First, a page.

TOKYO (TR) – Major logistics firm Sagawa Express apologized on Tuesday over a widely circulated video showing one of its frustrated male drivers repeatedly slamming parcels and flinging a cart around.
The footage uploaded to YouTube on Dec. 6 shows the worker in Sagawa Express uniform repeatedly flinging the cart up a flight of stairs and slamming parcels against the ground and the cart near an apartment building in the capital at around noon the same day, Nippon News Network reports (Dec. 28).
Sagawa Express investigated after the video was uploaded and identified the man, who explained that he was hauling parcels back to his truck after the customer wasn’t at home when he “did it because I got irritated, I was stressed out for a lot of reasons. I’m seriously reflecting on that.”
The worker has been removed from delivery duty and will be appropriately disciplined, Sagawa Express said, adding the company was “sincerely sorry for causing inconvenience and concern on everyone involved because of the thoughtless actions of an employee.”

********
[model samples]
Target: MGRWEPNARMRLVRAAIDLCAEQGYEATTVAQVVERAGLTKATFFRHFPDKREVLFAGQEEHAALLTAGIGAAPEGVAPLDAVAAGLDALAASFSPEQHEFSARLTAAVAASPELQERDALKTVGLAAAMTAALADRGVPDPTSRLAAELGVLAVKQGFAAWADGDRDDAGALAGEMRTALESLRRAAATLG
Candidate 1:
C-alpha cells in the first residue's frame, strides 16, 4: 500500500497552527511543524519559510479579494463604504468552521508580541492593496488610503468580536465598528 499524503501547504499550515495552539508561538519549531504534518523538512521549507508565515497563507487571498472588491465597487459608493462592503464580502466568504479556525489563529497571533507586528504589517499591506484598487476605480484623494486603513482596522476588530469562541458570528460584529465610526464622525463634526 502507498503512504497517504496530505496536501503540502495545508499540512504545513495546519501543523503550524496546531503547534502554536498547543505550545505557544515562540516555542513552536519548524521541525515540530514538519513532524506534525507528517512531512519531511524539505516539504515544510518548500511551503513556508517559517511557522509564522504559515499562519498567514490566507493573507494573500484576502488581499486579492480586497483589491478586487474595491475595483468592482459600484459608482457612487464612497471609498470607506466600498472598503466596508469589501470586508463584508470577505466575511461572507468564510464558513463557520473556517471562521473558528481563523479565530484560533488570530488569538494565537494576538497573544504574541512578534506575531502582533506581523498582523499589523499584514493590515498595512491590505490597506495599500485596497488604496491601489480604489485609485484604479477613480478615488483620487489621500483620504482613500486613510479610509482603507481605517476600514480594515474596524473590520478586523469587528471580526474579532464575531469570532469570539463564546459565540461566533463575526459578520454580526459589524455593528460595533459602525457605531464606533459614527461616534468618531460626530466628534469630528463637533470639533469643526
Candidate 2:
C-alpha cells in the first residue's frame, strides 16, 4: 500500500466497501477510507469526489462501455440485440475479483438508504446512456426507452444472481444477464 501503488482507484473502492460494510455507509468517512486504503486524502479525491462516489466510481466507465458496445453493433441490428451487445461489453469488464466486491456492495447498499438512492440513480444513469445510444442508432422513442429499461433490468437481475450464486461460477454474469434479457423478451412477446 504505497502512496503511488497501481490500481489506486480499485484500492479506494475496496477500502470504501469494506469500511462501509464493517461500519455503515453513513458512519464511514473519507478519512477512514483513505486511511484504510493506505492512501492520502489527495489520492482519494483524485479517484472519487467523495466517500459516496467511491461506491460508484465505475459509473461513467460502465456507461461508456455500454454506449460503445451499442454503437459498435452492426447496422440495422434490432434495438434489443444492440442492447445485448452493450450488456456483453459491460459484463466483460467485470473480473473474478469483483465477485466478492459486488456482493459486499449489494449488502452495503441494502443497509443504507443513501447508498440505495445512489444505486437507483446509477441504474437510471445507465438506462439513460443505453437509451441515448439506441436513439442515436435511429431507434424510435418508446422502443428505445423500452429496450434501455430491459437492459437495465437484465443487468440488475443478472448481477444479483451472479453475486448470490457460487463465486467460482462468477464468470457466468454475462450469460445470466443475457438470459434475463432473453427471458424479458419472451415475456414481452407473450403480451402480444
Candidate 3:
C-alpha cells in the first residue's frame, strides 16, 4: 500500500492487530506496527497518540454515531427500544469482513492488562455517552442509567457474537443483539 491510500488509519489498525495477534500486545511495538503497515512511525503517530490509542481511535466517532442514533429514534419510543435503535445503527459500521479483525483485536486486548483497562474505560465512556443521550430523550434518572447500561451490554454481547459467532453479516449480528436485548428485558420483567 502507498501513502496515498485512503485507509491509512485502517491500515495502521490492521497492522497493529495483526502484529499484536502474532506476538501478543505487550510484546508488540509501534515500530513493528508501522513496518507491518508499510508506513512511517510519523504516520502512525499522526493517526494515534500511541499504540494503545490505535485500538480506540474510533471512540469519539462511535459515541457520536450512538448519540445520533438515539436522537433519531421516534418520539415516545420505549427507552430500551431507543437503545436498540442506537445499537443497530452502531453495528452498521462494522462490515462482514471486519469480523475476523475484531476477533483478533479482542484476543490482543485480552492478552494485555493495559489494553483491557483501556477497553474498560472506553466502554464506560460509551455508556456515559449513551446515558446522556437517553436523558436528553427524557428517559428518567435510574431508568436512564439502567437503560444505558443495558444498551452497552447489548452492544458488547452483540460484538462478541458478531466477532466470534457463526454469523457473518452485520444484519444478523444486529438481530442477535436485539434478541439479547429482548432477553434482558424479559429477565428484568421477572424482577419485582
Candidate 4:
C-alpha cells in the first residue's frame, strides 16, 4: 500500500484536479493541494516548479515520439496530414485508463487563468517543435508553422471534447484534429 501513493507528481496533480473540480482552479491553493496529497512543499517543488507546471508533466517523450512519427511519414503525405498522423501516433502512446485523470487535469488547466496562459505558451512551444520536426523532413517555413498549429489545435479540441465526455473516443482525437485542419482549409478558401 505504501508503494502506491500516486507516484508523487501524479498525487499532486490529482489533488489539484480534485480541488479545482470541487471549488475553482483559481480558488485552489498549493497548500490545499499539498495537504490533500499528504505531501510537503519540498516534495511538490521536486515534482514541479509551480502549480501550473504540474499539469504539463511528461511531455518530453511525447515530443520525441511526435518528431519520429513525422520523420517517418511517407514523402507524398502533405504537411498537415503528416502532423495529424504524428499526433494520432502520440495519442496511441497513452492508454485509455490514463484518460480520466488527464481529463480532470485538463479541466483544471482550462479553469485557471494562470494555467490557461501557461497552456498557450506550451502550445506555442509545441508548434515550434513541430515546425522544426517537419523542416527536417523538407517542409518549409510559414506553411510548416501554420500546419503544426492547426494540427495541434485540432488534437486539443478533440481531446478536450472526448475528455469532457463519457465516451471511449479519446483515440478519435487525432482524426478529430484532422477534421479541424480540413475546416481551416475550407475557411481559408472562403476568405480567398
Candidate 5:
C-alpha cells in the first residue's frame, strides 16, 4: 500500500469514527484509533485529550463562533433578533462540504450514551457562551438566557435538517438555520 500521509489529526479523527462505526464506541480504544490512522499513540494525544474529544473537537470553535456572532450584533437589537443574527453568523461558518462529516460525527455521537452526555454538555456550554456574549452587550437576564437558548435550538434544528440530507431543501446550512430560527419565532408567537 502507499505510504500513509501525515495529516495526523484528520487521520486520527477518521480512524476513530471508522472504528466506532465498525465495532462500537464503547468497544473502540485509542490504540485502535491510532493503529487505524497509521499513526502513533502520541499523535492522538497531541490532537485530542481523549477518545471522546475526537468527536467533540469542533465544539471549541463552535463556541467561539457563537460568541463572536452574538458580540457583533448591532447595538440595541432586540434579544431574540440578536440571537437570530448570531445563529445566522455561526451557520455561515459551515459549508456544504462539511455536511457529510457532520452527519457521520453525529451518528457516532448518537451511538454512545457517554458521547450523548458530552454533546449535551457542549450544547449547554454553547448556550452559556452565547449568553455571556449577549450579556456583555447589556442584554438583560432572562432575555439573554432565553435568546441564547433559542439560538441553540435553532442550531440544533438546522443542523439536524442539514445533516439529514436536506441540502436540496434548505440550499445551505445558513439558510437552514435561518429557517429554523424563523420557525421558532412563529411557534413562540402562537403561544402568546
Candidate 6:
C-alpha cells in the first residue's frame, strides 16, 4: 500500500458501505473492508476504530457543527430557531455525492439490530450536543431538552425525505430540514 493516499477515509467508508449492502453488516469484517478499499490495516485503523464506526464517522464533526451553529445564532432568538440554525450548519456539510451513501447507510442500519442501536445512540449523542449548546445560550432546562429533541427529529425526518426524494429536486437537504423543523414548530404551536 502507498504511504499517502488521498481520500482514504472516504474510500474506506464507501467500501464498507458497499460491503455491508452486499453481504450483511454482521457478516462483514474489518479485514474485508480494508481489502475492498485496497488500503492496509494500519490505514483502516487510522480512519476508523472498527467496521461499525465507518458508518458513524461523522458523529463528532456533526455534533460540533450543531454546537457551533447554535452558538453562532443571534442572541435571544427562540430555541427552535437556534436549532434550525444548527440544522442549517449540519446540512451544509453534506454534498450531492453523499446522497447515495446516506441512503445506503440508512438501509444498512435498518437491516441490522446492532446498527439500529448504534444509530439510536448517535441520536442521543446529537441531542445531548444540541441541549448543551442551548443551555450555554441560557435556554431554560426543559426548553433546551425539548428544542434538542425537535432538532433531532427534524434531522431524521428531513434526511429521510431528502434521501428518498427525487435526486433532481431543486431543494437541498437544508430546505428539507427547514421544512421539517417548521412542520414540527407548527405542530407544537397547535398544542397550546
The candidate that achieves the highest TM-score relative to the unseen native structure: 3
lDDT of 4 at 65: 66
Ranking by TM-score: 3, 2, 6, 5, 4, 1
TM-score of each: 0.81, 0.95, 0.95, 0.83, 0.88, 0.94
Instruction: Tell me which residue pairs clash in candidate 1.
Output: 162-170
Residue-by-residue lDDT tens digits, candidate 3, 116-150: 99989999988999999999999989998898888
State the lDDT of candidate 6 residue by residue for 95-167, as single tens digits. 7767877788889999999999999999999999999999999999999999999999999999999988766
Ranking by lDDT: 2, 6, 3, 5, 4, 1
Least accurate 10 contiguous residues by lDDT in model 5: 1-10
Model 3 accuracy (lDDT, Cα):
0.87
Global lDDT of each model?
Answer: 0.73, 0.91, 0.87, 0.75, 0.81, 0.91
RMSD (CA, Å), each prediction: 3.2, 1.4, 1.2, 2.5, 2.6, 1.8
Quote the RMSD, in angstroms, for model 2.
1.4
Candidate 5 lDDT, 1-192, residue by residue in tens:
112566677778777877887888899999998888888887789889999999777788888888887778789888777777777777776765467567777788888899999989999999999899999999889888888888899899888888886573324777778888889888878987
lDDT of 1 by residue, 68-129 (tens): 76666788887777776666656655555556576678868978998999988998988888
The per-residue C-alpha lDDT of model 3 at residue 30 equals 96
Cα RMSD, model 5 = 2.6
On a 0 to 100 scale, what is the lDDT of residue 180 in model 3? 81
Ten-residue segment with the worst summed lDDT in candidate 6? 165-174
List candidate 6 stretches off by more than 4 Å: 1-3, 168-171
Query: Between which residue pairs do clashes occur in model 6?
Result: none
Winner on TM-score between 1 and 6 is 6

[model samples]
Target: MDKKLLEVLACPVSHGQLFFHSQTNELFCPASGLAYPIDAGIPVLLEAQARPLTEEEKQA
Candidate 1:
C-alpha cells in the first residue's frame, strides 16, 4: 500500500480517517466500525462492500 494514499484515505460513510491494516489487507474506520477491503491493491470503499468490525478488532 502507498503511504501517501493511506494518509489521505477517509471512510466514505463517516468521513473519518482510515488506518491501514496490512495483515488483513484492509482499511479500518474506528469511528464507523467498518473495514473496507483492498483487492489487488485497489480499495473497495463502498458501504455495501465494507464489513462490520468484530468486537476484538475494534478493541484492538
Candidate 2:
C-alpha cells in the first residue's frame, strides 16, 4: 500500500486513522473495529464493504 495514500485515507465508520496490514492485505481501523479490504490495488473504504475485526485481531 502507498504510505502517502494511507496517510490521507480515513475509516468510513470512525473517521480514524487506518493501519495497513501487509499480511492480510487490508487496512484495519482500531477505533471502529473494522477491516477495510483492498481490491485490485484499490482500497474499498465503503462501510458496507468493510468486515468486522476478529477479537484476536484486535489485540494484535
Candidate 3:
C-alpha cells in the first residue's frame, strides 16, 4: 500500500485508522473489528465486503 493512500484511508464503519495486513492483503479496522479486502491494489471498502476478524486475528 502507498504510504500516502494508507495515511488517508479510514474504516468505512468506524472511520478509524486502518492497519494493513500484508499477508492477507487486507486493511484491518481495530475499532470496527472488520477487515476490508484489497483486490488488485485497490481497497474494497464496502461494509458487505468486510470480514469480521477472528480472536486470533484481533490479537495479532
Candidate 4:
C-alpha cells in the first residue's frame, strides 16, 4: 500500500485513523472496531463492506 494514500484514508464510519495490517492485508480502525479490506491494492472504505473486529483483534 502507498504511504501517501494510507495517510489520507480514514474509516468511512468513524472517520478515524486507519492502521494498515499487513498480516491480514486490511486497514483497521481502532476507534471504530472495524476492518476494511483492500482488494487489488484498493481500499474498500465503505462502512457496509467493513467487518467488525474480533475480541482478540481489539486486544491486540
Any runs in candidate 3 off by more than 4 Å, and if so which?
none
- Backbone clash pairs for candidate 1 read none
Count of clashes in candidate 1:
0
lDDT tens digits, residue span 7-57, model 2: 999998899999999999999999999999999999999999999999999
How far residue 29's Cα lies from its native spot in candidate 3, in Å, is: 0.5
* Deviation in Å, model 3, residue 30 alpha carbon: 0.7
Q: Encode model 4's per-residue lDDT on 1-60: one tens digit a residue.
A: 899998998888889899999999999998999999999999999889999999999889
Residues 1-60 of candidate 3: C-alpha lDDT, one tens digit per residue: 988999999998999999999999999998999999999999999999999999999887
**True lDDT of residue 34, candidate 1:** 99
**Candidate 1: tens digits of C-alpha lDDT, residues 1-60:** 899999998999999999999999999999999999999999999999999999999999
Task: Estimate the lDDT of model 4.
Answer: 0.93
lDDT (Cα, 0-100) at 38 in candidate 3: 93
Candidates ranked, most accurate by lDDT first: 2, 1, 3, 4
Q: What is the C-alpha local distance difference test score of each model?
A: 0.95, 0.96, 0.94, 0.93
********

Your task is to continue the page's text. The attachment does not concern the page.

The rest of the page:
The abused parcels were thought to have been delivered after the fit of rage, but Sagawa Express is working to identify the recipients and plans to apologize to them in addition to replacing their deliveries, NHK reported (Dec. 27).
Sagawa Express has been hit by complaints of late deliveries in seven prefectures and municipalities, including Tokyo, Saitama, Aichi and Osaka since Dec. 22 due to what the company says is an unexpected volume of holiday deliveries and lack of drivers, the Mainichi Shimbun reported on Dec. 22.
Teetering on death by overwork line
Delivery drivers in Japan are facing difficult conditions amid soaring demand for online deliveries from the likes of Amazon.co.jp, which according to an Impress Corporation survey posted the highest online sales of 930 billion yen in 2015 compared to Yodobashi Camera in second with 79 billion yen.
A driver for Yamato Transport told Bengo4.com News that they and many of their colleagues were hovering near or over 80 hours of overtime a month, which is said to be the karoshi (death by overwork) limit, without a chance to rest during days that extend 7 a.m. and 11 p.m.
The driver said they lost three kilograms entering December because of a bulging workload, much of it from Amazon.co.jp.